Chapter 12.10


12.10.010    Purpose.

12.10.020    Complete streets definition.

12.10.030    Implementation of complete streets principles.

12.10.040    Exceptions.

12.10.050    Extraordinary circumstances.

12.10.060    Funding for complete streets.

12.10.010 Purpose.

The purpose of this chapter is to help achieve the goals and objectives of the transportation, land use and parks and recreation elements of the city of Soap Lake comprehensive plan. The city of Soap Lake shall, to the maximum extent practical, scope, plan, design, construct, operate and maintain appropriate facilities for the safe accommodation of pedestrians, bicyclists, transit users, motorists, emergency responders, freight and users of all ages and abilities in all new construction, retrofit or reconstruction projects. This title provides for the implementation of complete streets guiding principles. Through ongoing operations and maintenance, the city of Soap Lake shall identify cost effective opportunities to include complete streets practices. (Ord. 1162 § 1, 2013).

12.10.020 Complete streets definition.

A “complete street” is a road that is designed to be safe for drivers; bicyclists; transit vehicles and users; and pedestrians of all ages and abilities. The complete streets concept focuses not just on individual roads but on changing the decision making process so that all users are routinely considered during the planning, designing, building and operating of all roadways. (Ord. 1162 § 1, 2013).

12.10.030 Implementation of complete streets principles.

The city of Soap Lake will incorporate complete streets principles into the city’s comprehensive plan, public works standards, parks and recreation master plan, traffic circulation plan and other plans, manuals, rules, regulations and programs as appropriate. (Ord. 1162 § 1, 2013).

12.10.040 Exceptions.

Facilities for pedestrians, bicyclists, transit users and/or people of all abilities are not required to be provided when:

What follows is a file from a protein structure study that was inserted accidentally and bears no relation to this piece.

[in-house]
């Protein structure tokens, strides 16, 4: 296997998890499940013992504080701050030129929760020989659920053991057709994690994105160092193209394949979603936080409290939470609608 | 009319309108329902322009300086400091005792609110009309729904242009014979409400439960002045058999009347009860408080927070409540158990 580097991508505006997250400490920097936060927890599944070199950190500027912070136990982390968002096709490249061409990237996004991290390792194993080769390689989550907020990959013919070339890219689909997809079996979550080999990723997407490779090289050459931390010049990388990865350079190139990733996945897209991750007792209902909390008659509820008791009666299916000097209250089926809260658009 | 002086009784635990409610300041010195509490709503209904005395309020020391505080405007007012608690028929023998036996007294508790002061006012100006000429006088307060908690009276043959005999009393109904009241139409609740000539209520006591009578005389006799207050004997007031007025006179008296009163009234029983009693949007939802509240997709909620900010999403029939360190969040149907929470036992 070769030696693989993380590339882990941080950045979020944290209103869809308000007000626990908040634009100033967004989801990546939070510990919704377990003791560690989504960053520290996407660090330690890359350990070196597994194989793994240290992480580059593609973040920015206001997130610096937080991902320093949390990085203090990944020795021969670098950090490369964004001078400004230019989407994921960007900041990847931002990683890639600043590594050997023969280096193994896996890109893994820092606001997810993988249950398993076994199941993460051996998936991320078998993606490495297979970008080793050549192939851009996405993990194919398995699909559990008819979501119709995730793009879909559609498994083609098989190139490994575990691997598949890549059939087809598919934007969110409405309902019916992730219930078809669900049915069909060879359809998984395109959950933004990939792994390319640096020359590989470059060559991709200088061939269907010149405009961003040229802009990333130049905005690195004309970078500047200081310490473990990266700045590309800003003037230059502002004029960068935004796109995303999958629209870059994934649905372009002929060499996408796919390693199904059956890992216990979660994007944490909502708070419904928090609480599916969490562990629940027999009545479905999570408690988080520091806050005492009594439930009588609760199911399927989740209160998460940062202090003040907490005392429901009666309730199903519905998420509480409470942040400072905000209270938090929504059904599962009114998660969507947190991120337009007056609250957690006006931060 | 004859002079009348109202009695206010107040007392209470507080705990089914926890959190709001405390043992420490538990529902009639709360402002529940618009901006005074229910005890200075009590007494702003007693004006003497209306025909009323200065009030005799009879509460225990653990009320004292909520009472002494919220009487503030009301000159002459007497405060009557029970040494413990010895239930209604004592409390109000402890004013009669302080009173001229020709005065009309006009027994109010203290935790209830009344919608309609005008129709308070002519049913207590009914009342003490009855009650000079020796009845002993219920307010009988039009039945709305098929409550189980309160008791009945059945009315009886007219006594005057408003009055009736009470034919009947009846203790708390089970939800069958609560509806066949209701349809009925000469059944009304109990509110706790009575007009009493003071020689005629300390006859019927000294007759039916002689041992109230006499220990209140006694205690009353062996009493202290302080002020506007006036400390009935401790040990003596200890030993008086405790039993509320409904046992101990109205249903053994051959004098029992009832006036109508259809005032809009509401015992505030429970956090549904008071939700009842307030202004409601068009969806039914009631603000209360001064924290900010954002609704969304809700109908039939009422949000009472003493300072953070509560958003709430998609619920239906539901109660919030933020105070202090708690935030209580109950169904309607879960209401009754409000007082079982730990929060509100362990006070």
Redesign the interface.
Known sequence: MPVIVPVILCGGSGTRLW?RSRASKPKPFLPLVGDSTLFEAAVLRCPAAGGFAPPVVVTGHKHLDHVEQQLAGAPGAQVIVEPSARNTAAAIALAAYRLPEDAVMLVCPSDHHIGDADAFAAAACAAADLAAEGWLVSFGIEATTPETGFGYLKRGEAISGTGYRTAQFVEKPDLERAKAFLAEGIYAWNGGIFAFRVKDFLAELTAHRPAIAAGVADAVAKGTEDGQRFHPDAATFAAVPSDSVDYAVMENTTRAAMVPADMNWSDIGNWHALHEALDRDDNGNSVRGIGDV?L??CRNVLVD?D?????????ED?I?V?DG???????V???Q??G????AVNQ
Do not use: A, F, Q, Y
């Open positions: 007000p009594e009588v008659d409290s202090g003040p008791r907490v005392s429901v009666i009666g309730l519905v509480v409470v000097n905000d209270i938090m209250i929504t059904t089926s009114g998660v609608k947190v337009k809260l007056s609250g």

A. A documented absence of current or future need exists;

B. Nonmotorized uses are prohibited by law;

C. The cost would be disproportionate to the current need or probable future uses;

D. In instances where a documented exception is granted by the public works director;

E. Their construction is not practically feasible or cost effective because of significant adverse environmental impacts to streams, wetlands, steep slopes, or other critical areas or significant adverse impacts on neighboring land uses, including impacts from right-of-way acquisition;

F. Where the establishment would be contrary to the transportation element of the comprehensive plan. (Ord. 1162 § 1, 2013).

12.10.050 Extraordinary circumstances.

Except in unusual or extraordinary circumstances, complete streets principles may not apply to the following:

A. Repairs made pursuant to pavement opening and restoration allowed by approval of the public works director.

B. Ordinary maintenance activities designed to keep assets in serviceable condition (e.g., mowing, cleaning, sweeping, spot repair and surface treatments such as chip seal, or interim measures on detour or haul routes).

C. Where the director of public works issues a documented exception concluding that application of complete street principles is unnecessary or inappropriate because it would be contrary to public safety. (Ord. 1162 § 1, 2013).

12.10.060 Funding for complete streets.

Complete streets may be achieved through single projects or incrementally through a series of smaller improvements or maintenance activities over time. It is the city’s intent that all sources of transportation funding be drawn upon to implement complete streets. The city believes that maximum financial flexibility is important to implement complete streets principles. (Ord. 1162 § 1, 2013).